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Marshall is also known as the home of Schulers Restaurant & Pub, a century-old, family owned eatery in a former a hotel, it’s one of those must-go-to places. We step inside the historic building and find it bustling with people; it’s a Saturday in December, this is the perfect gathering place to meet friends and family. A small section is devoted to retail sales of Schuler’s own baked goods and pantry items from other Michigan businesses. We are led to the dining room, handed menus and the infamous cheese and crackers are left on the table. I think it was a tie between Kris and I as to who got to the crackers first! As we nibble we take in the quaint room; checkered cloths cover tables, Poinsettia are placed throughout, a fire roars in the large stone fireplace, historical murals and photographs cover the walls. Throughout the space quotes like “It matters not how a man dies, but how he lives”, “Music is the universal language of mankind” and other famous sayings are painted on the wooden beams; some are witty, others, thought-provoking, it’s wonderful! The fourth generation of Schuler’s currently run the business that turned 100 in 2009, that’s an accomplishment.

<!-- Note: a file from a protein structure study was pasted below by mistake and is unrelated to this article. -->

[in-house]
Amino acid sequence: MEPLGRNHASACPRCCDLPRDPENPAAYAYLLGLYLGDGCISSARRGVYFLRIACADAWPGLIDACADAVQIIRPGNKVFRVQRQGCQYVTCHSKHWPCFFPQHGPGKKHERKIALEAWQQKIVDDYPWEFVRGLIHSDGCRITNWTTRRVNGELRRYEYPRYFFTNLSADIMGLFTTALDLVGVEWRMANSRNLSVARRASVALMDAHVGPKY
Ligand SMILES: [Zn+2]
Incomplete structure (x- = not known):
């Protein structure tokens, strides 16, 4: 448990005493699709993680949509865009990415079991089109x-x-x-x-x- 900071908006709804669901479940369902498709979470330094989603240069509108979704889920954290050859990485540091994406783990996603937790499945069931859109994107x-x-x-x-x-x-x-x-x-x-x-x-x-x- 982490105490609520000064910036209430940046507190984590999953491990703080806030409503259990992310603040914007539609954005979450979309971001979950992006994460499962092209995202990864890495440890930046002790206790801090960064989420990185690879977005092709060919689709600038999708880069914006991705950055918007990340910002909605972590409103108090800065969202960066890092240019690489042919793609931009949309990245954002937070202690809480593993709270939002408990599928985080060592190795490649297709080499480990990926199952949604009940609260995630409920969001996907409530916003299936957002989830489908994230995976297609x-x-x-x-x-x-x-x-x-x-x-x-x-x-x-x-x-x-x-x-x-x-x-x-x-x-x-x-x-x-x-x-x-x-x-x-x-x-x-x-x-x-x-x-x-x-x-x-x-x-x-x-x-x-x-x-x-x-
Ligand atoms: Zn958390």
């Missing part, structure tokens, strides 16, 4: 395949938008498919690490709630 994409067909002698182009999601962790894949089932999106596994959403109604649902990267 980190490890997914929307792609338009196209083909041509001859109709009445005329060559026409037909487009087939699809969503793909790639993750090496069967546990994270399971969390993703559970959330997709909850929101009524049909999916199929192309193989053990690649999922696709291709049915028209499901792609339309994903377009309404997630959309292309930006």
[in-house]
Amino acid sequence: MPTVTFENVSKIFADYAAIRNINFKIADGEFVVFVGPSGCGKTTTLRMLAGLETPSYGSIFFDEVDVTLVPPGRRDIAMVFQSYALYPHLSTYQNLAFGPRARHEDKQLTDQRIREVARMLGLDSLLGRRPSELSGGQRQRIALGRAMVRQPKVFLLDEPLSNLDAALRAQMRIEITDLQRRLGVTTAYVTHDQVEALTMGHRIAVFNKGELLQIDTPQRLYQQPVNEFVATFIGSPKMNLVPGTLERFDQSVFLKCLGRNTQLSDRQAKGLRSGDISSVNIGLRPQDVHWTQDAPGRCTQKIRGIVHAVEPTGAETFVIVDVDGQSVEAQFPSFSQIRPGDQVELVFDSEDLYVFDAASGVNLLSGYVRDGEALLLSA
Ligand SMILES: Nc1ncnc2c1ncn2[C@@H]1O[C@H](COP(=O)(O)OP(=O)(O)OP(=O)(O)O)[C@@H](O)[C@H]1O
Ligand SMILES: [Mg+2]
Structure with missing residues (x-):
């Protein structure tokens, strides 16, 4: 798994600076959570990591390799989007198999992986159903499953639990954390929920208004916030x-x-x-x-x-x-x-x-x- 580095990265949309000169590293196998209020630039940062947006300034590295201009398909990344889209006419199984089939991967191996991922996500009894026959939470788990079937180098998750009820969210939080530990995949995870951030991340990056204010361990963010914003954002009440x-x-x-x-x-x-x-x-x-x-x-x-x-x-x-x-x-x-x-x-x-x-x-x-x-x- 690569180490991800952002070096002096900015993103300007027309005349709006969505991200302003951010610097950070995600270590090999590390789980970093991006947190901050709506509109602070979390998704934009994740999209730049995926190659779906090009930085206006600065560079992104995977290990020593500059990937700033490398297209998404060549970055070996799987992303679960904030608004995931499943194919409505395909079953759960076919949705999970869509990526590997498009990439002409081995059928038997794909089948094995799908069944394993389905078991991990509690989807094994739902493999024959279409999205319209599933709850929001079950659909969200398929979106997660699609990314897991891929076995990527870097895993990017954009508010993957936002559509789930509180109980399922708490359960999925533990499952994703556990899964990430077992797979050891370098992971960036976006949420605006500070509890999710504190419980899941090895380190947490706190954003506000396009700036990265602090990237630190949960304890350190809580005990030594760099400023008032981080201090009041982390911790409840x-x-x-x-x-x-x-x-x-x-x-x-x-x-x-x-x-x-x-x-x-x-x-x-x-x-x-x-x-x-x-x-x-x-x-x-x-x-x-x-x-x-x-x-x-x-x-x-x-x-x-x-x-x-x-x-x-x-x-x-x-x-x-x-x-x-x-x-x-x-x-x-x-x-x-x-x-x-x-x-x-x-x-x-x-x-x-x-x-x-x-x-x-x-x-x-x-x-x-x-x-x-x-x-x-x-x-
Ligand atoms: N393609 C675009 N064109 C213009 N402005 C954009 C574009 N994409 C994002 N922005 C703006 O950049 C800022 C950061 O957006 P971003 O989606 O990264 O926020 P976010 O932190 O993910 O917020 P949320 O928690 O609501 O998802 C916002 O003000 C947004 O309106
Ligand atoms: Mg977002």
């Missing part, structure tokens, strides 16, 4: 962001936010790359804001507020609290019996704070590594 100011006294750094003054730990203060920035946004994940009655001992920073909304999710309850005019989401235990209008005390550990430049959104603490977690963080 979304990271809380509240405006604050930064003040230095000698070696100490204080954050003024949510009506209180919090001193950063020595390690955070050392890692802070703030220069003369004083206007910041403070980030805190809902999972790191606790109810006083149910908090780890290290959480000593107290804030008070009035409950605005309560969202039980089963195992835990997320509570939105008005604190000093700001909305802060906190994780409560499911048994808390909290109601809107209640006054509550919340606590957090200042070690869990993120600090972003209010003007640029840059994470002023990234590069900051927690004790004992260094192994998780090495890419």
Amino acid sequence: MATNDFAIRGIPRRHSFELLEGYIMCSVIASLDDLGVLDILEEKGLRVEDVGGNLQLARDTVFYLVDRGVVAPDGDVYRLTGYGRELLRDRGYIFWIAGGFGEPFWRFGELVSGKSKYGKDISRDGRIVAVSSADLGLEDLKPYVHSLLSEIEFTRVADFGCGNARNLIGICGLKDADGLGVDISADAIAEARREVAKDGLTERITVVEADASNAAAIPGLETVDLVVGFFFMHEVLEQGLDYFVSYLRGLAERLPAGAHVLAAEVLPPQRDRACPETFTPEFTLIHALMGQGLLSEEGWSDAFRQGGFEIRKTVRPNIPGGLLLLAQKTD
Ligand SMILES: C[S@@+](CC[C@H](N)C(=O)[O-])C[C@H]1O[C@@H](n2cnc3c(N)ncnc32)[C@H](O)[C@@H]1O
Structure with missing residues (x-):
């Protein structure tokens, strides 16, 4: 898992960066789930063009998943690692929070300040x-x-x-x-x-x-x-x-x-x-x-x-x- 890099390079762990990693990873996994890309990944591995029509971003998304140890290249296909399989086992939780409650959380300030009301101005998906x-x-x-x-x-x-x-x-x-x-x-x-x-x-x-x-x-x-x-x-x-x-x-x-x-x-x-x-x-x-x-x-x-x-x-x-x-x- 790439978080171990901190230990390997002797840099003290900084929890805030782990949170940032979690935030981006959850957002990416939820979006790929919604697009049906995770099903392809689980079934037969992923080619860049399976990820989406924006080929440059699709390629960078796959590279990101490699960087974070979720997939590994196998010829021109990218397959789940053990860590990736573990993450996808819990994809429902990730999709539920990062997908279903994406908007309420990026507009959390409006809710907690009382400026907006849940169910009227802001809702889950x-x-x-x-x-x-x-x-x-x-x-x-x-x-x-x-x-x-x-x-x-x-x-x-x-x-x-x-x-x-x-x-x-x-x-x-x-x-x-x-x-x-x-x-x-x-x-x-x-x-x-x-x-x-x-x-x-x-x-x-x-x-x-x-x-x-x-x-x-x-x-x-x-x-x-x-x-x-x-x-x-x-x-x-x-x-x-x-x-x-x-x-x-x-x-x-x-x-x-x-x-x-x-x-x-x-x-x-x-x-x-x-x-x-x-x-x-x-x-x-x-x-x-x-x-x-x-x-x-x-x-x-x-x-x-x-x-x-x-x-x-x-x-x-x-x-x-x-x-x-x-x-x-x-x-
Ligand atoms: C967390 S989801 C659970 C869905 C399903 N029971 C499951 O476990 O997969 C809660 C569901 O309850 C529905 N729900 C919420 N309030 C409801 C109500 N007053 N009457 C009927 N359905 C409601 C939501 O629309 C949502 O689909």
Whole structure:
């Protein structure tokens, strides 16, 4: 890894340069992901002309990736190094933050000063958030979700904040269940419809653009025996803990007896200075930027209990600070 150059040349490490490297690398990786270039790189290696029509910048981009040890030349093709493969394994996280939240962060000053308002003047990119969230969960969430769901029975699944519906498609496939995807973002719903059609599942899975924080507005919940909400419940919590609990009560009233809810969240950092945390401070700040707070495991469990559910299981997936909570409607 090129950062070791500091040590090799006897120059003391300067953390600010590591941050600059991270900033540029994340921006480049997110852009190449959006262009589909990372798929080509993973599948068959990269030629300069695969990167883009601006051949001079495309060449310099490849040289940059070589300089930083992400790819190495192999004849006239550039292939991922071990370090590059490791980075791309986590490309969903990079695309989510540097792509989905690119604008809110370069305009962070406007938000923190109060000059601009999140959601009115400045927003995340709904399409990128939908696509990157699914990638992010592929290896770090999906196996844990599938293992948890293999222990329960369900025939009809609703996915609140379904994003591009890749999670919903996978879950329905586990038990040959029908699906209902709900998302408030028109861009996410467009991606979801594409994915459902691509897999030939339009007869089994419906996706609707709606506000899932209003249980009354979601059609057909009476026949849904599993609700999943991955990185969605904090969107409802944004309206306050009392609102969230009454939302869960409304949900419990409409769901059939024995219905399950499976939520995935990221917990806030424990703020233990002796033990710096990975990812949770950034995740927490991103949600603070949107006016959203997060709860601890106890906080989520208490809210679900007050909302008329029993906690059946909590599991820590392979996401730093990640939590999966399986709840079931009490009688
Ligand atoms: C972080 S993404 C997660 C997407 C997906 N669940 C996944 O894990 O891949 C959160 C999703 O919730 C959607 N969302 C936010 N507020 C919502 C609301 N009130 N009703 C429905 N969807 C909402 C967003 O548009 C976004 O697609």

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Just as we finish the salad our veggie burger arrives; the patty is made from quinoa, black bean, oats and cilantro, we asked for ours on the homemade focaccia, topped with horseradish mayo, guacamole, onion straws, tomato and fresh greens, it’s outstanding! Truly delicious, it could be one of the best veggie burgers we’ve ever had. Our server asks us if we’d like to see the dessert menu, what the heck. We find two items particularly appealing, ask the server her opinion, then give in and order the Signature Pecan Ball. She’s back in a flash with a large ball of vanilla bean ice cream rolled in roasted sweet pecans, drenched in hot fudge (and on her suggestion) hot caramel. I am taking a slight pause here as I revel in the memory of the awesomeness…………..

We’re just going to sit back and relax for a while before moving on to our next activity. In the words of Bernie Wolf, “Take time to play–it is the secret of perpetual youth”.

2 Responses to “MARSHALL: Cool Old Stuff !”

  1. The Detroit Foodie December 25, 2014 at 9:46 pm #

    You always find the coolest places to visit, love reading thru your blog posts! : )

    p.s. Merry Christmas!

    • detroitdvotion December 26, 2014 at 8:59 am #

      Thanks Maria!
      You’d love Schuler’s, less than 2 hours away it’s a great day trip. Happy New Year! Looking forward to your 2015 Foodie reviews and insights.